Evidence demonstrates a close connection between the fraction of organic matter buried in sediments and changes in supernovae occurrence. This correlation is apparent during the last 3.5 billion years and in closer detail over the previous 500 million years.
Top Image: Illustration of the Milky Way seen from Earth where supernova accelerates cosmic rays to high energies. Some of these cosmic ray particles enterers the Earth’s atmosphere, where they produce shower structures of secondary particles. A surprising result is that changes in cosmic rays through Earths history has influenced life on Earth. (CREDIT: H. Svensmark/DTU Space)
The correlation indicates that supernovae have set essential conditions under which life on Earth had to exist. This is concluded in a new research article published in the scientific journal Geophysical Research Letters by senior researcher Dr Henrik Svensmark, DTU Space.
According to the article, an explanation for the observed link between supernovae and life is that supernovae influence Earth’s climate. A high number of supernovae leads to a cold climate with a significant temperature difference between the equator and polar regions. This results in strong winds and ocean mixing, vital for delivering nutrients to biological systems. High nutrient concentration leads to a larger bioproductivity and a more extensive burial of organic matter in sediments. A warm climate has weaker winds and less mixing of the oceans, diminished supply of nutrients, a smaller bioproductivity, and less burial of organic matter.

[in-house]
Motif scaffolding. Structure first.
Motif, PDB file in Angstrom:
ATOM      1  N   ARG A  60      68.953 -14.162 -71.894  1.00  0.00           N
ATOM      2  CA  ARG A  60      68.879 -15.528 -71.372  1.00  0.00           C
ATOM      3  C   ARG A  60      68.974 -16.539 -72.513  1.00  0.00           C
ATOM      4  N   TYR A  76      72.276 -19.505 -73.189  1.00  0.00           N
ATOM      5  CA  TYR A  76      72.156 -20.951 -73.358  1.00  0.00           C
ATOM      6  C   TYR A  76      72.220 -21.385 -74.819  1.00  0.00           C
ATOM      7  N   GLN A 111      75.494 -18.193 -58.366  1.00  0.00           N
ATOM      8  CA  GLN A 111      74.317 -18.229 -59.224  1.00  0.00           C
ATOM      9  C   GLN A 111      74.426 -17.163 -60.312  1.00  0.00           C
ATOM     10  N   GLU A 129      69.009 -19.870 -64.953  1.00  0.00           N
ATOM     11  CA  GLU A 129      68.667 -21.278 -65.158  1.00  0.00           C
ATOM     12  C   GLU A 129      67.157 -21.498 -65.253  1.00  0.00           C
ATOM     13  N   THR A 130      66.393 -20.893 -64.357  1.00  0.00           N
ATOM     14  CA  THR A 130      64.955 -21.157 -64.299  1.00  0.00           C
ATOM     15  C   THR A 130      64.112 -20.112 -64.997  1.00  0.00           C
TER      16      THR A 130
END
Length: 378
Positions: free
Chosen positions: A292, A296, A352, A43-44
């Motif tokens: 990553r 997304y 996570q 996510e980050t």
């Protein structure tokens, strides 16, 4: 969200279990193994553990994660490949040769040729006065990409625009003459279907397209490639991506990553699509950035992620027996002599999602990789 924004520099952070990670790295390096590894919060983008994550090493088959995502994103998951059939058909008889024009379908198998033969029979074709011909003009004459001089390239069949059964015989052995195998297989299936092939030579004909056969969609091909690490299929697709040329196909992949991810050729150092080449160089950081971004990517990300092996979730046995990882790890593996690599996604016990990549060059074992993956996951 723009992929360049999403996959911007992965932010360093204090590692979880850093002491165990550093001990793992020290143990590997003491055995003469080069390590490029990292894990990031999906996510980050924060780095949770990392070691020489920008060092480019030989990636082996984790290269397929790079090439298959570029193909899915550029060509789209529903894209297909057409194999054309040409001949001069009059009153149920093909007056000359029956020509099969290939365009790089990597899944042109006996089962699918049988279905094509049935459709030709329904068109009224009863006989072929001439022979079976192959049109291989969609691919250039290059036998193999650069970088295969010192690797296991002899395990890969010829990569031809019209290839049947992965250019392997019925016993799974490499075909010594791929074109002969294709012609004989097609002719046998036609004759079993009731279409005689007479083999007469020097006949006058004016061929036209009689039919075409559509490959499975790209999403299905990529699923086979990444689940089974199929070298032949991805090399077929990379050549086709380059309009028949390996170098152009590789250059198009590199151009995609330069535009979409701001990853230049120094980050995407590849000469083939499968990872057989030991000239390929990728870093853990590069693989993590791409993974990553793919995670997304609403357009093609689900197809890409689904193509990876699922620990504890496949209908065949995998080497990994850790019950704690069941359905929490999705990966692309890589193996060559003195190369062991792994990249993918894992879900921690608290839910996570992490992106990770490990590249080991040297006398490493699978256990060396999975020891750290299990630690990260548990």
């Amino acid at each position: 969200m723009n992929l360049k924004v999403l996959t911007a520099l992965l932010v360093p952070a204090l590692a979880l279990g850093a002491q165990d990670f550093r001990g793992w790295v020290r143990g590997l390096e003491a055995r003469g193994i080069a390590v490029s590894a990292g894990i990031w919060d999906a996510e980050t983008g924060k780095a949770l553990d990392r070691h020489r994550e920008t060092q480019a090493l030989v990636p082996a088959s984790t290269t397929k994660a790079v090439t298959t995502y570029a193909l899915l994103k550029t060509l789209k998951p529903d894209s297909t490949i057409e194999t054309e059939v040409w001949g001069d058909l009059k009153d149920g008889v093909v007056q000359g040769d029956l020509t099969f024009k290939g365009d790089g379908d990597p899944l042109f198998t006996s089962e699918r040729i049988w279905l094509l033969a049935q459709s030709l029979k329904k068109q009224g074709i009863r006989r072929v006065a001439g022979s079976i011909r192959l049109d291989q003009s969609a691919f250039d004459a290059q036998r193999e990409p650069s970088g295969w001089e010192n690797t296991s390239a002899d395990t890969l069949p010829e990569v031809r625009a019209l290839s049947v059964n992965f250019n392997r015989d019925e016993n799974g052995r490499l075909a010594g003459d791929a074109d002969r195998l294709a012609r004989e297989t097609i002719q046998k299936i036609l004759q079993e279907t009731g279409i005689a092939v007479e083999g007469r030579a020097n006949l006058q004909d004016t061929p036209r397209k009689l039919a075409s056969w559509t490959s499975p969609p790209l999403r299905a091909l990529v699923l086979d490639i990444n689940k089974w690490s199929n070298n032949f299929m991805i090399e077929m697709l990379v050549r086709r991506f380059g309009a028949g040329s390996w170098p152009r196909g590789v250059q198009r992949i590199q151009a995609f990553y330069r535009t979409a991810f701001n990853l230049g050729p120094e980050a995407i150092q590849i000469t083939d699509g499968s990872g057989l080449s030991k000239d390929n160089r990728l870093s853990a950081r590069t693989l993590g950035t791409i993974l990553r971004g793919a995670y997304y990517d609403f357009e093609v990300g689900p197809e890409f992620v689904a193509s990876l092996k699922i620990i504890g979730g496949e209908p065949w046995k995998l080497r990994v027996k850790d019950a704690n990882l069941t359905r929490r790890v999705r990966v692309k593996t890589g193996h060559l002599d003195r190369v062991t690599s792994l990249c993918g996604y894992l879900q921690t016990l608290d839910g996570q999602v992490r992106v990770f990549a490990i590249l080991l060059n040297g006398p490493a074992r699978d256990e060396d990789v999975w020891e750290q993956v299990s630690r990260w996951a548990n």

“A fascinating consequence is that moving organic matter to sediments is indirectly the source of oxygen. Photosynthesis produces oxygen and sugar from light, water and CO2. However, if organic material is not moved into sediments, oxygen and organic matter become CO2 and water. The burial of organic material prevents this reverse reaction. Therefore, supernovae indirectly control oxygen production, and oxygen is the foundation of all complex life,” says author Henrik Svensmark.
In the paper, a measure of the concentration of nutrients in the ocean over the last 500 Million years correlates reasonably with the variations in supernovae frequency. The concentration of nutrients in the oceans is found by measuring trace elements in pyrite (FeS2, also called fool’s gold) embedded in black shale, which is sedimented on the seabed. Estimating the fraction of organic material in sediments is possible by measuring carbon-13 relative to carbon-12. Since life prefers the lighter carbon-12 atom, the amount of biomass in the world’s oceans changes the ratio between carbon-12 and carbon-13 measured in marine sediments.
“The new evidence points to an extraordinary interconnection between life on Earth and supernovae, mediated by the effect of cosmic rays on clouds and climate,” says Henrik Svensmark.
The link to climate
Previous studies by Svensmark and colleagues have demonstrated that ions help the formation and growth of aerosols, thereby influencing cloud fraction. Since clouds can regulate the solar energy that can reach Earth’s surface, the cosmic-ray-cloud link is important for climate. Empirical evidence shows that Earth’s climate changes when the intensity of cosmic rays changes. Supernovae frequency can vary by several hundred per cent on geological time scales, and the resulting climate changes are considerable.
“When heavy stars explode, they produce cosmic rays made of elementary particles with enormous energies. Cosmic rays travel to our solar system, and some end their journey by colliding with Earth’s atmosphere. Here, they are responsible for ionizing the atmosphere,” he says.